Memorandum from Albert Gallatin
[18 June 1802]
The Bank of Pennsylvania applies for relief—they fall regularly 100,000 drs. per week in debt to the Bank U. States, on account, as they say, of the deposits on account of Government made in the last. For a sketch of their situation compared with that of Bank of U. States, see the within paper—Their cashier is here come on purpose for assistance. In addition to the effect of Governmental deposits it is evident that they have extended their discounts too far. They say that these cannot at once be curtailed without ruining their customers who consist chiefly of retail shop-keepers. Those for whom the Bank U. States discounts are generally importers—There are but three means of affording them relief—1st Write to Bank United States to spare them—2dly Deposit 300,000 dollars with them, or direct collector Philada. to deposit part of his public monies with them—3dly Contract with them for part of Dutch debt, which, as we always pay considerably before hand, will have the effect of a deposit—I have proposed the last; but if we cannot agree on terms, should either of the two other modes be adopted? It is proper to prevent the exclusive monopoly in hands of Bank United States; but it is not proper to displease them, because they place instantly our money where we may want it from one end of the Union to the other, which is done on the tacit condition of our leaving our deposits with them, and because if we shall be hard run & want money, to them we must apply for a loan—
MS (DLC); undated; entirely in Gallatin’s hand; addressed: “The President of the United States”; endorsed by TJ as received from the Treasury Department on 18 June and “bank of Pensva” and so recorded in SJL. Enclosure not found.
The Pennsylvania legislature incorporated the BANK OF PENNSYLVANIA in 1793, thereby implementing a plan developed by Gallatin, as a member of the Ways and Means Committee in the state House of Representatives, to establish a bank with a relationship to the state government similar to that of the Bank of the United States and the federal government. The Bank of Pennsylvania was capitalized at $3,000,000, with one-third of the stock owned by the state. The state legislature appointed six of the twenty-five bank directors. Gallatin believed that the interest paid on the bank stock would provide the state with income to cover regular government expenses (Raymond Walters, Jr., Albert Gallatin: Jeffersonian Financier and Diplomat [New York, 1957], 43–4; Acts of the General Assembly of the Commonwealth of Pennsylvania, Passed at a Session, which was Begun and Held at the City of Philadelphia on Tuesday, the Fourth Day of December, in the Year One Thousand Seven Hundred and Ninety-Two [Philadelphia, 1793], 323, 325–6).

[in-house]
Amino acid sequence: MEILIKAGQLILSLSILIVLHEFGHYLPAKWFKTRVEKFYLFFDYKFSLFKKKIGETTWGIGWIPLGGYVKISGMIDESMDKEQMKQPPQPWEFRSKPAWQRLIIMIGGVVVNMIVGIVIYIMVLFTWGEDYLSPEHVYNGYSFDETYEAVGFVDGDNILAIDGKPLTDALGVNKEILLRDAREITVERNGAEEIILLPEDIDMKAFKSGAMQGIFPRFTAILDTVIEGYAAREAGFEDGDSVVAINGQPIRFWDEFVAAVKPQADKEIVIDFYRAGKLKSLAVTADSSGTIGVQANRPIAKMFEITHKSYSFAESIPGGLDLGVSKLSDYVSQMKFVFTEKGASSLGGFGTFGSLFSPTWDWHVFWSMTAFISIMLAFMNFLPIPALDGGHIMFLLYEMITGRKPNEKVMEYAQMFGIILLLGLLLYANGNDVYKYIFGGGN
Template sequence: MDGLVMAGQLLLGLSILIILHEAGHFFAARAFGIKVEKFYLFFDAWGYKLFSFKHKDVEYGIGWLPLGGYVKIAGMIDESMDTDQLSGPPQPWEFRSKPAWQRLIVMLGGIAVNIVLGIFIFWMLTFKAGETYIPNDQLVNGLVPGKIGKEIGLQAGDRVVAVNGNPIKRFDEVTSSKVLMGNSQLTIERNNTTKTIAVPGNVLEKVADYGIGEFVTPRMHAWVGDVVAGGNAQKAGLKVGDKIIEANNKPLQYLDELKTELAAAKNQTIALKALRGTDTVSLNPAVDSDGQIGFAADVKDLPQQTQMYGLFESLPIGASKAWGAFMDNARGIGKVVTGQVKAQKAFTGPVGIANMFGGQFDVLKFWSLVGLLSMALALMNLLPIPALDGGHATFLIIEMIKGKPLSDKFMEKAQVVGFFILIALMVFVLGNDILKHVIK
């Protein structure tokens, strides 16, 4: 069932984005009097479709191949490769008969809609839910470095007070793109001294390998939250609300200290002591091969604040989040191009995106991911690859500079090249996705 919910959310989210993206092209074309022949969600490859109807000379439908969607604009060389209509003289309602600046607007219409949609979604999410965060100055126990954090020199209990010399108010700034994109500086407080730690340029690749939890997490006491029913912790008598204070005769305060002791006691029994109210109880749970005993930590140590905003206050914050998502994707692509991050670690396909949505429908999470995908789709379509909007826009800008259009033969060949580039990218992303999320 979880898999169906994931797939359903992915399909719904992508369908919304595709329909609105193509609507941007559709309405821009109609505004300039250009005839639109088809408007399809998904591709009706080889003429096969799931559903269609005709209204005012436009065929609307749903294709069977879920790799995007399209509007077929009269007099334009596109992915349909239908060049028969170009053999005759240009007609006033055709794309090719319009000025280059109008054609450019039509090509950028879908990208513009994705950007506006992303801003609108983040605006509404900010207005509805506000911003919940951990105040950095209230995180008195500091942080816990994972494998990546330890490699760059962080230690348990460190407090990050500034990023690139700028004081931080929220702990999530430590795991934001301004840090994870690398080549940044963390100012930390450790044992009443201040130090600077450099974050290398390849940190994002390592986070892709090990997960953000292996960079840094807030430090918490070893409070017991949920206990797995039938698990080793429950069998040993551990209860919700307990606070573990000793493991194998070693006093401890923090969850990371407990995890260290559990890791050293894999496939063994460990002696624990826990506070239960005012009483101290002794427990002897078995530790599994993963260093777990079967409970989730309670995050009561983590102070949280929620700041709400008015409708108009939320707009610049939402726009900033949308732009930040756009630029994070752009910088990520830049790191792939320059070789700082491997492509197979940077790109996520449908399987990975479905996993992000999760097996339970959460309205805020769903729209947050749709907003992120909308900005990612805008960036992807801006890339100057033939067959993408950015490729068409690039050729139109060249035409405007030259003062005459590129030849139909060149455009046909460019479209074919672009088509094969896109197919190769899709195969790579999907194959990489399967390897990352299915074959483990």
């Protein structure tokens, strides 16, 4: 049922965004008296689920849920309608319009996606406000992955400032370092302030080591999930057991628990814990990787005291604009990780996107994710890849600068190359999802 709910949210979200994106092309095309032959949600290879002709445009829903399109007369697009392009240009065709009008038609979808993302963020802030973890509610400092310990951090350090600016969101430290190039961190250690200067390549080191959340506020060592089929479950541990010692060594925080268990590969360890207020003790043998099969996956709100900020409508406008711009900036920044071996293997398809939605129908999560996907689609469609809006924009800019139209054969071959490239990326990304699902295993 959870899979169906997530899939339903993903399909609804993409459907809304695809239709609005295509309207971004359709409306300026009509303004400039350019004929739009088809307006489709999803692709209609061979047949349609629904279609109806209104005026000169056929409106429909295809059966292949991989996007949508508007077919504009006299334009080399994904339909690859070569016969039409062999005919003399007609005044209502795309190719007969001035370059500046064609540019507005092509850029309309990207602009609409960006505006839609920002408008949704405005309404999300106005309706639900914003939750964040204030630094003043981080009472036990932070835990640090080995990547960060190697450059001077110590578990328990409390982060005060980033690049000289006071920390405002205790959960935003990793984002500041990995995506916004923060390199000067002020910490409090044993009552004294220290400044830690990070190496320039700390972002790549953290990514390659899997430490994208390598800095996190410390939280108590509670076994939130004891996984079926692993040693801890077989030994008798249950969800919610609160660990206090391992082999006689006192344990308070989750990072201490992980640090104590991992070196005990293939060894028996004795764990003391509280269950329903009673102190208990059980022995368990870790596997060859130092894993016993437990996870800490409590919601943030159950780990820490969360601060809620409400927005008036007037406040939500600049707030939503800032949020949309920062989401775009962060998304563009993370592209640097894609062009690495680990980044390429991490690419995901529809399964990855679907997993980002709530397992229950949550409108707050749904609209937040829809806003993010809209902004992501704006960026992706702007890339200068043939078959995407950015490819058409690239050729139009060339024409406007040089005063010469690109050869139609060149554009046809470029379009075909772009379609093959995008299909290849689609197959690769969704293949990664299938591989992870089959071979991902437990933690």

CASHIER: Jonathan Smith. A 30 June letter from Samuel M. Fox, president of the Bank of Pennsylvania, convinced Gallatin that his fears regarding the bank were unfounded. Gallatin informed Fox on 6 July that his apprehensions were “owing to the erroneous impressions I had received from my verbal communications with your Cashier.—The differences you state in the account of specie and in those for notes with other Banks affect materially the inferences I had drawn.” Before the error was evident, Gallatin had advised Fox that if the bank needed to raise specie, the sale of some of its U.S. stock “was more eligible, and would be more effectual than a retrenchment of discounts” (Gazette of the United States, 19 Jan. 1802; Gallatin, Papers description begins Carl E. Prince and Helene E. Fineman, eds., The Papers of Albert Gallatin, microfilm edition in 46 reels, Philadelphia, 1969, and Supplement, Barbara B. Oberg, ed., reels 47–51, Wilmington, Del., 1985 description ends , 7:302; Vol. 35:705n).